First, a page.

Damaly Gonzalez October 21, 2016 celebration, dia de los muertos, Festival, Holiday, indigenous people, latin america, mexican celebrations, Mexico, et al. âDĂa de los Muertos Celebrations in Latin America & Caribbean.âÂ HipLatina, 15 June 2017, hiplatina.com/dia-de-los-muertos-celebrations-latin-america-caribbean/.
September 1, 2017Read More
September 16th is Mexican Independence Day. Often mistaken for Cinco De Mayo, it marks the anniversary of the beginning of s revolution to free Mexico from the clutches of Spain.
This theme was very common as Spain had most of the Latin American world under it’s captivity. The 18th and 19th centuries are marked with the struggle of now independent Latin republics to free themselves from the oppression of their Spanish conquerers.
So in a way the battle for independence from Spain is a pretty universal struggle in the Latino world.
Mistaken for Cinco De Mayo
While a lot of fun, Cinco De Mayo has no connection or bearing onÂ Mexican Independence Day, which was fought against the French. It is still a triumph of the Mexican people but has its own holiday. In fact, here is a quick list of facts to help clarify some of the key points of Mexican Independence Day.
Quick Facts About Mexican Independence Day
Since we mentioned Cinco De Mayo let us add some facts and dispel some myths about this famed holiday
- It is notÂ Cinco De Mayo or even part of the same conflict
- It marked the beginning of the war not the end
- The warÂ lasted 11 years after it started
- A priest,not a soilder, started the revolt
- The symbolic founder of the revolution, priest Hidalgo is captured and killed by the Spanish before the end of the war.
- The war starts with a bell ringing which is reenacted every year
But make no mistake..it is about freedom and the Mexicans,like so many other Latino countries will tell you, freedom isn’t free.
Now the fun part..Let’s celebrate
Enough of this political stuff, how about the fun. I know of no Latin festivals or commemorative occasions that are not marked by festivals and great food…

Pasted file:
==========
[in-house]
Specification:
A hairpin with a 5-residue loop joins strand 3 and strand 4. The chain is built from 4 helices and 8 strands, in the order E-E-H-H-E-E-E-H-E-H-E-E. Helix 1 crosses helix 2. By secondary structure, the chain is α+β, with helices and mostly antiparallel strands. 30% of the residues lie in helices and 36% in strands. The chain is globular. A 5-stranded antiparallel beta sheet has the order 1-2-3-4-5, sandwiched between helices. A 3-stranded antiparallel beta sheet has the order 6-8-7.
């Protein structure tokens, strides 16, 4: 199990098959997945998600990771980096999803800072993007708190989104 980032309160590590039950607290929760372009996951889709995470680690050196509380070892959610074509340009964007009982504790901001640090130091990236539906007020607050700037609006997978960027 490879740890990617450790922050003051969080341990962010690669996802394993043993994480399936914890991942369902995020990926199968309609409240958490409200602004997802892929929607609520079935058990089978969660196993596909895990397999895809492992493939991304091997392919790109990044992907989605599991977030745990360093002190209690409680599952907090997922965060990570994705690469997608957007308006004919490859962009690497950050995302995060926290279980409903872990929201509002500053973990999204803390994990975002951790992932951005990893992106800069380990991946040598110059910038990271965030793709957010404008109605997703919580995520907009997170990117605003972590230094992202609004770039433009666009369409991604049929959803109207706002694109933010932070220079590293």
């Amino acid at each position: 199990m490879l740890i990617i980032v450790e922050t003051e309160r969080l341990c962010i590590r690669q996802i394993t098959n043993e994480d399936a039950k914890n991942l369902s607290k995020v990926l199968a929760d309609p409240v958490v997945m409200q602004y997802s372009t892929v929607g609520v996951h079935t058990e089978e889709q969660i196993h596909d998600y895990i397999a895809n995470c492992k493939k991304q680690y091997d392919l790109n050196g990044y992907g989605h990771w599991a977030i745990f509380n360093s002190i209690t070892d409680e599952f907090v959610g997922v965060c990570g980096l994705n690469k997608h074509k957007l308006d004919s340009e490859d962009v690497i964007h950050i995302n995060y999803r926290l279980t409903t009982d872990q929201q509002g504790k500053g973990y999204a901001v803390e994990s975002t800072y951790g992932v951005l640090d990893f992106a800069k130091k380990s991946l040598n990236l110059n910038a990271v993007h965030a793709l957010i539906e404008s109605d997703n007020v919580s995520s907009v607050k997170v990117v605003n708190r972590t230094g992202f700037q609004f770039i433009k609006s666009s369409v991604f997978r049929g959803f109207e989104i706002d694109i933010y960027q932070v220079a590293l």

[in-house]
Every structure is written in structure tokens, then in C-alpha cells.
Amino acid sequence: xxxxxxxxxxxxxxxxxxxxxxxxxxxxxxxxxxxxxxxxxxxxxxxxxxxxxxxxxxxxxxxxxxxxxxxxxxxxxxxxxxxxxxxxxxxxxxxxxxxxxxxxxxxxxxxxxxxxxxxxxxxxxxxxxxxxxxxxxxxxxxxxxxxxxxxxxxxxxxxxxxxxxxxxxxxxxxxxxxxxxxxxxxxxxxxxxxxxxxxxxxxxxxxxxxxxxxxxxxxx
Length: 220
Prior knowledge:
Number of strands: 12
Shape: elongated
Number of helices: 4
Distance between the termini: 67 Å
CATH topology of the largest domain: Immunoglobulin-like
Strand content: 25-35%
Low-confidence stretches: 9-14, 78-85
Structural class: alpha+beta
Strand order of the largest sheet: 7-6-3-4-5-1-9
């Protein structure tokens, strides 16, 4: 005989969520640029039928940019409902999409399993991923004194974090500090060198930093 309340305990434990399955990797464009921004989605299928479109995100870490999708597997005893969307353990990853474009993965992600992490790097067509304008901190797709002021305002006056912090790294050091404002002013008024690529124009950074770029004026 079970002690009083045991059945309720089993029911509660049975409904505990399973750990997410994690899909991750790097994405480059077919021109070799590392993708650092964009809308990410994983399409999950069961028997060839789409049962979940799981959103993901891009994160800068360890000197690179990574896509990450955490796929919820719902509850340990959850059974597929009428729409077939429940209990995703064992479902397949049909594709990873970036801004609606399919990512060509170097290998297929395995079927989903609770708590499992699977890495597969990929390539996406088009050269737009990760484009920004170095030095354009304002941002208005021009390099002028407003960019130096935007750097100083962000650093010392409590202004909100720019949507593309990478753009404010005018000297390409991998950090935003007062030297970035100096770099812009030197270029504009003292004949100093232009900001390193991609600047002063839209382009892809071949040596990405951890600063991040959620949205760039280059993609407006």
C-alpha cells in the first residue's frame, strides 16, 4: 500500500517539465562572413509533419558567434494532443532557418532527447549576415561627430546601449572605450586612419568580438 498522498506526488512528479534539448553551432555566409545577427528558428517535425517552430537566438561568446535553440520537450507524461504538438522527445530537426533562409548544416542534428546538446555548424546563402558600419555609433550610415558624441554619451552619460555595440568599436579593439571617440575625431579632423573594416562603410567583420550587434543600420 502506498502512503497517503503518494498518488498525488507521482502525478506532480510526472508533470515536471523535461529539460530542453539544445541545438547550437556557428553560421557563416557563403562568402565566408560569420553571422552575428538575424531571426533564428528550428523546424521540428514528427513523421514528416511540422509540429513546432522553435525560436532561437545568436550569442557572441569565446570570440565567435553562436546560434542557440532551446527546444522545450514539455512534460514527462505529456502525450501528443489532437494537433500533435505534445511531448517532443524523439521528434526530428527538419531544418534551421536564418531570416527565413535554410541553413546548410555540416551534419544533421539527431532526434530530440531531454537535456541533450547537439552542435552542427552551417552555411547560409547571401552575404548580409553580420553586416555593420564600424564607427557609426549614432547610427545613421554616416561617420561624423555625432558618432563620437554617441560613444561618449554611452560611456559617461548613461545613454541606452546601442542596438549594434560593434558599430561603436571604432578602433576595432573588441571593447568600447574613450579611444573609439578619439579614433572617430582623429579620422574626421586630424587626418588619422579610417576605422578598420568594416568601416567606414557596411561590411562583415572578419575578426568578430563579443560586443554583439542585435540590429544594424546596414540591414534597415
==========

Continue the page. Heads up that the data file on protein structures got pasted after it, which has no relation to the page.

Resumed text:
Declare your own independence from boring food
Come enjoy your own Independence Day celebration at El Sabroson. Multiple flavors and seasonings await you with our authentic Latin restaurant menu, including fresh Mexican food.
May 4, 2017Read More
Williamsburg Virginia SignificanceÂ
Very few people see Cinco de Mayo in a Williamsburg Mexican restaurant as having a significant relationship with Williamsburg Virginia’s colonial history. While you enjoy one of our ice cold margaritas at El Sabroson restaurant or some of our delicious Mexican dishes to celebrate Cinco de Mayo it might surprise you to know there is a deep meaning behind Cinco De Mayo.
Cinco De Mayo:Â More Familiar than you think
Tell me if this does not sound familiar. Cinco de Mayo is a celebration of the trial of a young developing nation against a Tyrannical European power that was invading them. For Cinco De Mayo, the big European power was France and the developing nation in North America was Mexico. But you could just as easily replace these two countries with the British invading the American colonies and see the same pattern.
The War Origin of Cinco De Mayo
So Cinco De Mayo is really the study of freedom against oppression and tyrants, a burgeoning theme in Colonial Williamsburg. The Mexicans defeated a larger French army at El Pubela on May 5th 1862, which was a huge victory for the young nation.
The Battle of El Puebla
A little more background about what is going on that occurred on Cinco De Mayo. The French had invaded Mexico in the 1860s and were squaring off against a smaller weaker Mexican army at the battle of Puebla. The Mexicans overcame the French and defeated them. The defeat occurred on May 5th, 1862.
Many mistake Cinco de Mayo as Mexican Independence Day which is not true. Mexican Independence Day is September 16 but that doesn’t sound as good as Cinco de Mayo. I mean Septiember de diez y seis is a lot to get out in one breath. Just kidding.
Celebrate Cinco De Mayo With Us
Come visit our restaurant to celebrate Sinco Cinco De Mayo in Williamsburg Virginia and enjoy fantastic Latin American food, and incredible drinks. Also try our margaritas and celebrate in style.